Date: Tue, 30 Sep 1997 19:24:47 -0400
To: (Rhon & Joyce Jenkins), (Larry Owsley @ Home),
        OWSLEY@ALUMNI.AUBURN.EDU (Larry Owsley), (Allen Screws), (Allen Screws @ Home), (Christy Screws), (Ferenc Fodor), (John Shaw), (Rich Hammett), (John Whigham), (Scott Enebak), (David Stanbury), (Randy Russell-AUM), (Ward Knockemus-Huntingdon), (Marc Schrier), (Jeff Clark), (Robert Rock), (Jim Chesnutt), (Furman Smith), (Russell Whigham), (Mike Fulmer), (Jim Burns), (David & Raye Newton), (Ron Hatherley), (Neal Murphree), (Dennis Grantham), (William Baugh), (Scott Thompson), (Ricky Wood), (Paul McKee), (Yen-Ming Cheng), (Mike & Adam Roberts), (Jim Locke), (Tim & David Rich), (DAVID E. GREGORY), (Dacia Marshall), (Chris Talley), (Margie Brand), (Marcus and Susan Howell), (Vince Cammarata), (Luther Richardson), (J. D. Perez), (Michael Bozack), (Jean-Marie Wersinger), (Jason Ramsey), (Christian Nelson), (Thad Phillips), (Rick Evans -- W A Gayle Planetarium), (Alisha Vila), (David T King Jr ), (Ted Kicklighter), (Jason & Claudia Glasgow), (Lee Cook), (Carole Rutland), (Jim Wert), (Astronomy)
From: (Russell Whigham)
Subject: ASTROFILES, October '97

Auburn Astronomical Society E-Newsletter
October, 1997

Greetings Astrophiles,


The October meeting of the Auburn Astronomical Society will be on Friday,
October 3, at 8:00 PM in room 215 in the Aerospace Engineering building on
the campus of Auburn University.  Montgomery area car poolers can meet at my
house (518 Seminole Drive).  We'll leave for Auburn at 7:00 PM.  

New Moon will be on the weekend of  Saturday, November 1.  Those not
attending the Deep South Regional Star Gaze, should meet at Holley's Field
for this month's star party.


John Zachry will be taking orders for discount subscriptions to Sky &
Telescope and Astronomy magazines at this month's meeting. Bring the
checkbook with you. 


Make plans now to attend a very special November meeting.  Dr. David King
will give the Friday, November 7 program on "The Wetumpka Meteor Crater" at
our regular November meeting time and place.  The following Saturday,
November 8, Dr. King will lead a field trip at the site of the crater in


Please welcome new member, Norman B. Cranford.  Norman graduated from Auburn
in 1979, with a degree in geology.  Now retired, Norman worked as an
environmental scientist.  Glad to have you with us Norman.

Visiting with us for the first time was Seth Adkins, of Montgomery.  Seth is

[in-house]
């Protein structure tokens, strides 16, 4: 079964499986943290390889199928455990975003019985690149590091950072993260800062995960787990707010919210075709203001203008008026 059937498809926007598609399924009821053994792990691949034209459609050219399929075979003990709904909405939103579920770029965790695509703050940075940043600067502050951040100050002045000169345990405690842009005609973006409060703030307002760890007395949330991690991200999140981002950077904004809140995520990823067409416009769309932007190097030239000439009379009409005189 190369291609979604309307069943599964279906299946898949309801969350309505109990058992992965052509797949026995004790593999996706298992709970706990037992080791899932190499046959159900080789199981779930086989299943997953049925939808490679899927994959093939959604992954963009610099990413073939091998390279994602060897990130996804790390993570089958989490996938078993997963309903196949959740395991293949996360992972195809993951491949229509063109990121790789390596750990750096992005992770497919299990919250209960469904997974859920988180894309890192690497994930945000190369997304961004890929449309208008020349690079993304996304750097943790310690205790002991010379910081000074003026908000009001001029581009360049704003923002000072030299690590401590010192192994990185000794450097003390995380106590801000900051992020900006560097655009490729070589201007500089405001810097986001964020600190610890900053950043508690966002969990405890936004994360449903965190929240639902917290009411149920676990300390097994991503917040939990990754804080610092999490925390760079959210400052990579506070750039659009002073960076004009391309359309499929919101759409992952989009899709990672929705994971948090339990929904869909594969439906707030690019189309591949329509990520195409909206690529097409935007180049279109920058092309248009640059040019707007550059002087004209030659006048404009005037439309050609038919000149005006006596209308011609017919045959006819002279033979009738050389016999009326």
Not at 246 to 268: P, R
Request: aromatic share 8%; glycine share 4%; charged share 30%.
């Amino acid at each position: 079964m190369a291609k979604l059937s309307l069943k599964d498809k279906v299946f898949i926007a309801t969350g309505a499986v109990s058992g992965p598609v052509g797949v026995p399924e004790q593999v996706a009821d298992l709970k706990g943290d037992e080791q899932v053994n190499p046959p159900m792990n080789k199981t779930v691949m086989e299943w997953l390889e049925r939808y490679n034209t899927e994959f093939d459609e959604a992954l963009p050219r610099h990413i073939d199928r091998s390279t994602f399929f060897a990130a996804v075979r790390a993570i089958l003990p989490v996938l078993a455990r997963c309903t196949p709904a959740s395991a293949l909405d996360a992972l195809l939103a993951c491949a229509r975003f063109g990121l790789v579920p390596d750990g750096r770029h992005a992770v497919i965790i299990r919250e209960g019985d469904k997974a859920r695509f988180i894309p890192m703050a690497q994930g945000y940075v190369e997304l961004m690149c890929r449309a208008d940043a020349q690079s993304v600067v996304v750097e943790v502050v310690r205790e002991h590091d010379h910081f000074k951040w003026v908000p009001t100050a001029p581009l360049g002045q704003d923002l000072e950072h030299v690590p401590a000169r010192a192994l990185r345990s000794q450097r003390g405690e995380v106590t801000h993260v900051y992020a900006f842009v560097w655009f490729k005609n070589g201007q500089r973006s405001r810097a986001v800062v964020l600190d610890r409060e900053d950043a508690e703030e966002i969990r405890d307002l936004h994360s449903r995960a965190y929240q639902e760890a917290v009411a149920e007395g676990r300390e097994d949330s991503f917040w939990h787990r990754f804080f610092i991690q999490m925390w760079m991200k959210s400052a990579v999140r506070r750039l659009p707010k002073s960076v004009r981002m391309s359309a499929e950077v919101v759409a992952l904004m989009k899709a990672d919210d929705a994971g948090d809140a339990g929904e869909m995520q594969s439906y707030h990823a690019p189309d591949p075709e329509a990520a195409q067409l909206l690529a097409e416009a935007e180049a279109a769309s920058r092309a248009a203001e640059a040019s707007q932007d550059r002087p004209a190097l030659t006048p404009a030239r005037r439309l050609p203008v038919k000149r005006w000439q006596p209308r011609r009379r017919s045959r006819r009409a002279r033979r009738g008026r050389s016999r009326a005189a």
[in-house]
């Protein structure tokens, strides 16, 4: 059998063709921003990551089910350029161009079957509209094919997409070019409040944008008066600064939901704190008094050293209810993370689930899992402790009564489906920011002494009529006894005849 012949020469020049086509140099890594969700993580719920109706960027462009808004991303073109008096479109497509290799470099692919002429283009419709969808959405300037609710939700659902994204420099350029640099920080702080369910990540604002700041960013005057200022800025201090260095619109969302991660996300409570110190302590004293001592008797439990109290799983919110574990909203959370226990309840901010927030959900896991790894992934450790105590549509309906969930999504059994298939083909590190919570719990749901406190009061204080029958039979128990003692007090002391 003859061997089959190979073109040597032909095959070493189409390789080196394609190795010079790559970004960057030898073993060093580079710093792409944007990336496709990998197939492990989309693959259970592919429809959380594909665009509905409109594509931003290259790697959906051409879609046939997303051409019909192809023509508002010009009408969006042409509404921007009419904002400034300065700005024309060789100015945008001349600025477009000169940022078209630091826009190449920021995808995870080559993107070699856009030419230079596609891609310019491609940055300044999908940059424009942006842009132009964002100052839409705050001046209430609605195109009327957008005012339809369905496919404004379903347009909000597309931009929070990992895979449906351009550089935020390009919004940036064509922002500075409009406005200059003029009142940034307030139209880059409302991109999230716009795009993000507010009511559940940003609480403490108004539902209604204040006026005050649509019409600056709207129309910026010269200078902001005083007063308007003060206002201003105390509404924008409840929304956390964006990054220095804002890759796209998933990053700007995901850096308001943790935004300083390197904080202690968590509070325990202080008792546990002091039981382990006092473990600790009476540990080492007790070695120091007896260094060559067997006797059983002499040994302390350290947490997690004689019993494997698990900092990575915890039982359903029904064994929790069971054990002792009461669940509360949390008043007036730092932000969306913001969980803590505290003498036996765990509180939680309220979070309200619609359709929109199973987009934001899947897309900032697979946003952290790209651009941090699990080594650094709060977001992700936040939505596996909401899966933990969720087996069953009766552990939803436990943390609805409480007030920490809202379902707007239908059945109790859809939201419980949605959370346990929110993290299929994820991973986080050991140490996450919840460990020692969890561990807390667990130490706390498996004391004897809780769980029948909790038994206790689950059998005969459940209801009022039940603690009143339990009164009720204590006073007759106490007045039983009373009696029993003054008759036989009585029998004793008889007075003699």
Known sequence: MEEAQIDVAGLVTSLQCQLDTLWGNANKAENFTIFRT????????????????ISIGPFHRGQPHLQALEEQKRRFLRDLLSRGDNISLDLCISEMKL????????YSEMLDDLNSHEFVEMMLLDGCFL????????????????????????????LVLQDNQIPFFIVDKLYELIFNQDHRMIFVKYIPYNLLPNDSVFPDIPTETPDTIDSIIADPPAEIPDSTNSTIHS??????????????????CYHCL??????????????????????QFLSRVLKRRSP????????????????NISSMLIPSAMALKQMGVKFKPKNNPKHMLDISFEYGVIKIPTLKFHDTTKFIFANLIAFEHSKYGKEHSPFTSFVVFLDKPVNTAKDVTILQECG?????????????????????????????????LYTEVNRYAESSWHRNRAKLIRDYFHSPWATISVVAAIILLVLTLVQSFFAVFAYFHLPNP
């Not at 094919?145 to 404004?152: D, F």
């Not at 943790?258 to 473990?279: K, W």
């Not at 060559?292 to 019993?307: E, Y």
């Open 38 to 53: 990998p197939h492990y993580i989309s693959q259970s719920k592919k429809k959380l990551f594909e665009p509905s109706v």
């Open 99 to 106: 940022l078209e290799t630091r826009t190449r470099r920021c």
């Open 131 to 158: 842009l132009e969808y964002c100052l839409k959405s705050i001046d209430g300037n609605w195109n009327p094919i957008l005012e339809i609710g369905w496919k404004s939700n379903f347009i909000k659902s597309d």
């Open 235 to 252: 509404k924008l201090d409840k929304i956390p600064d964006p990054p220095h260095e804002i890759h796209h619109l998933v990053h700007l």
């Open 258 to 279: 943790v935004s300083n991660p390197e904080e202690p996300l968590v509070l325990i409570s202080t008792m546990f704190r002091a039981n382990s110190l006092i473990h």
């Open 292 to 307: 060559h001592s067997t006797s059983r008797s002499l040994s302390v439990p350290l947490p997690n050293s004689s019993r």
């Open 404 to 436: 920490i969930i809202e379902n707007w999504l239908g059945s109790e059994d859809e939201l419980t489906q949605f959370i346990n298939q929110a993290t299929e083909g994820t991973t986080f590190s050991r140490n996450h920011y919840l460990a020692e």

12 years old, in the seventh grade, and has special interests in
paleontology (fossil hunting); science; math.  Along with Seth was triennial
visitor and erstwhile member, Larry Owsley.  Good to see you again, Larry.

New to the mailing list is Montgomerian, Lee Cook.  Looking forward to
meeting you soon, Lee.


>From the better late than never department:  Someone finally told the folks
at Celestron International about the world wide web.  They now have a web
presence that's quite comprehensive.  I was somewhat surprised that their
product images were, for the most part, in black & white?!  Our Astronomy
Links page is updated to include this and several other new links.  You may
also notice that our Main Menu page has been gussied up a bit.
Field Trips/Dark Parks:  At the suggestion of Allen Screws, we now have a
page devoted to astronomically favorable public places for those who like to
mix their astronomy and camping.  We also have several requests each year
from the public wanting to know, "Where can I go to see the comet?".  Now,
thanks to Allen, we have some suggestions.  Allen has also found an
interesting web site about Arp objects (inter-acting galaxies) that he came
across the other day that is linked under our Miscellaneous links. 

Field Trips/Wetumpka Astrobleme :  For those of you who are looking forward
to our November lecture and field trip of the Wetumpka meteor crater, you
can have a "virtual" preview tour, by following the link to David King's web
page on the crater.  Having a look here before we go on the "actual" field
trip will, no doubt, have a better understanding of the feature when we do
get there.

Robert Burnham Jr.:  Anyone who has Robert Burnham Jr.'s Three volume set of
Celestial Handbooks will want to visit the URL mentioned below.  The
following message was gleaned from the ASTRO mail list:

A very pertinent posting was placed on the ATM list.  A feature story about
Robert Burnham Jr. was printed in the Phoenix New Times and can be found at:

It tells the story of the writer of my most valuable astronomy books, and
I'm sure his Celestial Handbook is also the favorite of many of you.  His
life and death (yes he died un-noticed in 1993) provides a tragic tale worth
reading. Just keep clicking the "next" key.

Here's to you Robert, thanks and may you rest in peace among the stars.

Tony Cecce
Corning NY


Final reminder.  This is the month some of us have been waiting for since
this time last year.  I'll have some of the registration forms at the
meeting.  You can also get them download information and registration forms
from: or e-mail Barry Simon at:


Sherri Martin (Mobile Astronomical Society) has invited us down for a